CBD oil is currently used to treat a wide variety of ailments. Yet, there is little firm evidence showing how it actually works. Science is beginning to uncover this evidence and show when it is and isn’t an effective choice. Doctors who offer CBD oil as a treatment option may be held liable in the case of an injury that results from its use. Additionally, interactions with other drugs may be potentially dangerous if a medication is given without a doctor’s knowledge of patient CBD use.

Claims Resulting from False Advertising

The supplement industry has specific labeling requirements and CBD is not exempt from them. Claims about CBD being a cure or therapy for specific illnesses can create liability unless they have been proven.

An insurance company that works exclusively with cannabis-based businesses can help you navigate the many risks and limit CBD manufacturer liability.


What Type of Insurance Is Right for Construction Companies?

Construction Companies

If you own a construction company, you need adequate insurance to protect your investment. You may not realize it, but there are two types of necessary coverage, and they aren’t interchangeable. Let’s take a quick look at each.

Builders Risk Insurance

A builder’s risk policy covers the contractor’s property, materials, and equipment where the construction is taking place. This policy protects the project until it is finished and the owner approves of the work. The policy also covers unexpected perils, such as weather events, vandalism, and theft. Examples of damage include:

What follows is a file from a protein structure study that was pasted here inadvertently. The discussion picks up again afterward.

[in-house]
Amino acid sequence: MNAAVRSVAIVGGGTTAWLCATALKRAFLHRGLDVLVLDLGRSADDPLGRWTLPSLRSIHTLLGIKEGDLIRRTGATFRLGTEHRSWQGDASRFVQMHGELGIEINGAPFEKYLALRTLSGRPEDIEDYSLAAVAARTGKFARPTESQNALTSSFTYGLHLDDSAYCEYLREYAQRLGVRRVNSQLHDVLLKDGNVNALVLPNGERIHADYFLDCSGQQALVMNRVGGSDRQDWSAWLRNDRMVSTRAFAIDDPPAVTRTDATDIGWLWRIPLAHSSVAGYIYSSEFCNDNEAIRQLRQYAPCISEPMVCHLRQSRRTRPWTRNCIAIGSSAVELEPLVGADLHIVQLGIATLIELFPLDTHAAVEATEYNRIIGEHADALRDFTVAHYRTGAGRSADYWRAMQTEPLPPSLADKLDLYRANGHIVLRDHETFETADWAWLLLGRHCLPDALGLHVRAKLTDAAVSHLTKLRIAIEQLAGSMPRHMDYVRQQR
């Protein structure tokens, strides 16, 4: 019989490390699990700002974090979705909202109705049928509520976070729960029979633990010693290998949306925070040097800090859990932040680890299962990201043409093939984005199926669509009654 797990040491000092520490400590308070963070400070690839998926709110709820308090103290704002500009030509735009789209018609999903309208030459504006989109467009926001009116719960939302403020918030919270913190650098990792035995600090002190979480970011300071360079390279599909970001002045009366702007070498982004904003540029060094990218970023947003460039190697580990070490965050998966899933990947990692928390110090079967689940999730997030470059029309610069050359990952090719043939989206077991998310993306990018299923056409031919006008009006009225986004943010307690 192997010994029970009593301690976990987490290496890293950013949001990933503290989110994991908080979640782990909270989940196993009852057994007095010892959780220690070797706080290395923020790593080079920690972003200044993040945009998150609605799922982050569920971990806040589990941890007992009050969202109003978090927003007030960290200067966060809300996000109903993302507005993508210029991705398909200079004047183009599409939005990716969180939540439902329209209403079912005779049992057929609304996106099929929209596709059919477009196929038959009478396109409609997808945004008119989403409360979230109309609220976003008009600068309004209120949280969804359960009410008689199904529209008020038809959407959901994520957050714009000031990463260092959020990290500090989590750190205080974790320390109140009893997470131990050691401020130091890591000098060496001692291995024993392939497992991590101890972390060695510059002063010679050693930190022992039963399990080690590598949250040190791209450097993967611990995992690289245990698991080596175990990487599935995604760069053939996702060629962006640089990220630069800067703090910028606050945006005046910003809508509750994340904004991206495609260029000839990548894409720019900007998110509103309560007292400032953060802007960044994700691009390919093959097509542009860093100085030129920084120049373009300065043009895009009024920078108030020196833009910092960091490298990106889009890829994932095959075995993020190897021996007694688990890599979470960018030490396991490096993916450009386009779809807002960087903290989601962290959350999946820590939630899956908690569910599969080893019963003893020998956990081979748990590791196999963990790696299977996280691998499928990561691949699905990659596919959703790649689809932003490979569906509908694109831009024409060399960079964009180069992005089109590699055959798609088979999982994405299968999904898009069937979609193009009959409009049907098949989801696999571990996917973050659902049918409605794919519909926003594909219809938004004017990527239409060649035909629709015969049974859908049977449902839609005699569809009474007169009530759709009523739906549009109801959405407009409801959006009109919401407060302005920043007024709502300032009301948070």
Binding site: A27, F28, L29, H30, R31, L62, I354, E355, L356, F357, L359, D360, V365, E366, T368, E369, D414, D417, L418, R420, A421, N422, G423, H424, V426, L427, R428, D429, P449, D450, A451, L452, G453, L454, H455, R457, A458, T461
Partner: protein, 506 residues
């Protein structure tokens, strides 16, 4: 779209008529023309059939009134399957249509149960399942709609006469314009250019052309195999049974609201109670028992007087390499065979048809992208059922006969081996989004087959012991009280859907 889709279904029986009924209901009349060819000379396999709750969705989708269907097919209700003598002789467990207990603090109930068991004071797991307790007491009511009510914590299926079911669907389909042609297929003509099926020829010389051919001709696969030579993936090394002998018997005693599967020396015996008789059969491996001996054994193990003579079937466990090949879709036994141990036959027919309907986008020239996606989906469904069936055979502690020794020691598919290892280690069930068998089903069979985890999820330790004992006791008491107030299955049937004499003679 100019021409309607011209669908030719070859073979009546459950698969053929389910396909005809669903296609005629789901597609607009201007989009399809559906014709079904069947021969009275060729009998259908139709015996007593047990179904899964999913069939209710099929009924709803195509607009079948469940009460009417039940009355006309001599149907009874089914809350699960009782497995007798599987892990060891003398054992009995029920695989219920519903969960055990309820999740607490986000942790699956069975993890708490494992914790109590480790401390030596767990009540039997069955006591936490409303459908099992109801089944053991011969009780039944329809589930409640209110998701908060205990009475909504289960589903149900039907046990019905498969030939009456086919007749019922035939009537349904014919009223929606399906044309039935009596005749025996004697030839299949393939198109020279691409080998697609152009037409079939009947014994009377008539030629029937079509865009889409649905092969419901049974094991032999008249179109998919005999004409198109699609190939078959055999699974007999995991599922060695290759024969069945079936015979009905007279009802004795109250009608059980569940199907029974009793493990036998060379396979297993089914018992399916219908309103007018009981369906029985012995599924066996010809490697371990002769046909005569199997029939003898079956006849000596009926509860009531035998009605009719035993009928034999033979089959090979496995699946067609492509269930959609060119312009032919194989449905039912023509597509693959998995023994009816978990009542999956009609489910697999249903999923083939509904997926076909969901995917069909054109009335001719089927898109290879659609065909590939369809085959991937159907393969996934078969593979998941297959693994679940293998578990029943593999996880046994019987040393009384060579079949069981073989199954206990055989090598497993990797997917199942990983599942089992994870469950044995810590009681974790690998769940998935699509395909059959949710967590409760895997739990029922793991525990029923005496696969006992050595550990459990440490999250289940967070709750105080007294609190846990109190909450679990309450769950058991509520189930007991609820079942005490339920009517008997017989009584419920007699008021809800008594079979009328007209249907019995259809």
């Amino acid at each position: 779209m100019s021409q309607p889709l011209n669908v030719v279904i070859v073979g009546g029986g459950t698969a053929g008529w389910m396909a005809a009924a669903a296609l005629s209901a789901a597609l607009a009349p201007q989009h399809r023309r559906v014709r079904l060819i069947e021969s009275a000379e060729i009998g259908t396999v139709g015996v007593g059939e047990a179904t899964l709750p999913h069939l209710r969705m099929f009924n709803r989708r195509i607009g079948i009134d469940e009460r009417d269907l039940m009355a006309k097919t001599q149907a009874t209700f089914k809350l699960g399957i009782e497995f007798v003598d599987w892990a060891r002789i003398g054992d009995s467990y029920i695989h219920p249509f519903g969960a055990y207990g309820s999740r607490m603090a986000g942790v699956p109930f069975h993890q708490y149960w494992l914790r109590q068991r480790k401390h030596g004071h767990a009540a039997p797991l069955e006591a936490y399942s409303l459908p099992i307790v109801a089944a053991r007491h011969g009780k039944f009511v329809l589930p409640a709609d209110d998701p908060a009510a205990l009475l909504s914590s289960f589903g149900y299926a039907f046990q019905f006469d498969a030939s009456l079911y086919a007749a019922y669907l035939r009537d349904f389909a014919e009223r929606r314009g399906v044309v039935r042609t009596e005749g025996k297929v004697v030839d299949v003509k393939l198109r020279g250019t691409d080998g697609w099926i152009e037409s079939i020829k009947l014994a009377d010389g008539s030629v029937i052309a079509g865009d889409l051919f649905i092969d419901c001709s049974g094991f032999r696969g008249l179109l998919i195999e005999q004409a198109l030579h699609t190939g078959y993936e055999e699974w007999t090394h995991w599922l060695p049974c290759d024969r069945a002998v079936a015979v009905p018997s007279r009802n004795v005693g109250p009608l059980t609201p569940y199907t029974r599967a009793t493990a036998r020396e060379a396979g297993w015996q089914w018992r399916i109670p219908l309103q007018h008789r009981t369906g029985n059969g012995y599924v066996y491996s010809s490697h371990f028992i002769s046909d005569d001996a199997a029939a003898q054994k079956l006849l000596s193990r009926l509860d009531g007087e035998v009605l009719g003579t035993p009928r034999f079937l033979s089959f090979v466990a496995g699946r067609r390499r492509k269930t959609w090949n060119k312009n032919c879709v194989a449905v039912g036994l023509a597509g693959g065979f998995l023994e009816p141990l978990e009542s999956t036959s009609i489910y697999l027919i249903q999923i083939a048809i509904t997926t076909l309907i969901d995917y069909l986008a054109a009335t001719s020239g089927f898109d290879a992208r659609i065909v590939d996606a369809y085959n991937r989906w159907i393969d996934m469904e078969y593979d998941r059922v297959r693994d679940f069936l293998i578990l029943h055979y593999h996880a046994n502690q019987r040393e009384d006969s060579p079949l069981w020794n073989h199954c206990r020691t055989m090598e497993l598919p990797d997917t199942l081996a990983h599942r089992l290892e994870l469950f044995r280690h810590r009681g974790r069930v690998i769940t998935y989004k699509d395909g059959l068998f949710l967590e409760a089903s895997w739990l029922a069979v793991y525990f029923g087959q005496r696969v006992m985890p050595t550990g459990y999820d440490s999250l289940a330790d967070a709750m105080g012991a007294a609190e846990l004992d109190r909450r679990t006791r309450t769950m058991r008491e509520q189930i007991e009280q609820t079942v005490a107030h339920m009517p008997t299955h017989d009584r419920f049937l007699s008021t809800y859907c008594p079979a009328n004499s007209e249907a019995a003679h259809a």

• Lightning strikes and hail
  • Explosions and fires
  • Theft and vandalism from external sources
  • Vehicles that crash into the building

If the damage was caused by flooding, it won’t be covered. In addition, coverage is excluded for any weather-related damage that resulted from property left unprotected. Most builder’s risk policies only cover the damage to property or materials of the insured contractor.

Contractors’ General Liability Insurance

This general liability insurance covers bodily injuries, accidents, and damage at the construction property. In addition, if you or your workers are accused of causing injuries or property damage at the site, general liability insurance will protect your business. It will also cover litigation from claims of libel, slander, or false advertising.

Both policies are critical to protecting your construction company.

How To Protect Against Management Liability Claims

Management Liability Claims

Directors and Officers (D&O) insurance is a must for every business owner. Many types of claims can be filed against the directors, officers, managers, and other executives of a company. Even if the owners weren’t aware of any illegal acts, they are liable to pay for legal fees and other damages if they don’t have proper coverage.

D&O Insurance Claims Examples

Let’s take a look at some typical D&O claims that business owners may face.

  • Stolen proprietary secrets – An executive has access to a customer’s proprietary blueprints, and he decides to sell them to a competitor. The customer sues the business owner for millions of dollars, even though the owner was not aware.
  • Misrepresentation – An officer of the company gives false or misleading information to investors, directing them to make bad decisions on behalf of the company.
  • Fraud – Executives in a company engaged in stock offerings that are based on personal interest, rather than what is best for the common shareholders. These offerings help to boost the executives’ portfolios while being detrimental to the other shareholders.

A business owner can be held liable for so many potential claims against the directors and officers of the company. D&O insurance coverage is critical in order to protect their investment.